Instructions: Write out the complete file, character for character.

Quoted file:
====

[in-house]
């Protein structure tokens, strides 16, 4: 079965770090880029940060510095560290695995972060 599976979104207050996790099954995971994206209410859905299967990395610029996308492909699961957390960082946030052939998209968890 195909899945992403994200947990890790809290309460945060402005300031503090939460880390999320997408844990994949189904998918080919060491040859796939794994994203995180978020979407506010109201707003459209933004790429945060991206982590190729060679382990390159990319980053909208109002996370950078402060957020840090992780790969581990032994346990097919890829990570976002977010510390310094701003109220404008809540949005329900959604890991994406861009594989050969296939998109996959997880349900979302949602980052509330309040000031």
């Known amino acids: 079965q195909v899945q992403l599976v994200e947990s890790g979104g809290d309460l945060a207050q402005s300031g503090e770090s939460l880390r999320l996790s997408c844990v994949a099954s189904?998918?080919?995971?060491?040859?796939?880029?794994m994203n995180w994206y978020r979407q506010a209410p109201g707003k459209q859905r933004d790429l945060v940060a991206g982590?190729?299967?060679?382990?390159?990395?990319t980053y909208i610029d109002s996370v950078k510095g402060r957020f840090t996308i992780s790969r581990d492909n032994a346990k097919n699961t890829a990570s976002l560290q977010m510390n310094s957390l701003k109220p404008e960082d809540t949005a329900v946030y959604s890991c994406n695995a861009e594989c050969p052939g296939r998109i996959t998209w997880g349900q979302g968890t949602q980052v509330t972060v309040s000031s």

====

[in-house]
């Protein structure tokens, strides 16, 4: 079965770090880029940060510095560290695995972060 599976979104207050996790099954995971994206209410859905299967990395610029996308492909699961957390960082946030052939998209968890 195909899945992403994200947990890790809290309460945060402005300031503090939460880390999320997408844990994949189904998918080919060491040859796939794994994203995180978020979407506010109201707003459209933004790429945060991206982590190729060679382990390159990319980053909208109002996370950078402060957020840090992780790969581990032994346990097919890829990570976002977010510390310094701003109220404008809540949005329900959604890991994406861009594989050969296939998109996959997880349900979302949602980052509330309040000031």
């Known amino acids: 079965q195909v899945q992403l599976v994200e947990s890790g979104g809290d309460l945060a207050q402005s300031g503090e770090s939460l880390r999320l996790s997408c844990v994949a099954s189904?998918?080919?995971?060491?040859?796939?880029?794994m994203n995180w994206y978020r979407q506010a209410p109201g707003k459209q859905r933004d790429l945060v940060a991206g982590?190729?299967?060679?382990?390159?990395?990319t980053y909208i610029d109002s996370v950078k510095g402060r957020f840090t996308i992780s790969r581990d492909n032994a346990k097919n699961t890829a990570s976002l560290q977010m510390n310094s957390l701003k109220p404008e960082d809540t949005a329900v946030y959604s890991c994406n695995a861009e594989c050969p052939g296939r998109i996959t998209w997880g349900q979302g968890t949602q980052v509330t972060v309040s000031s």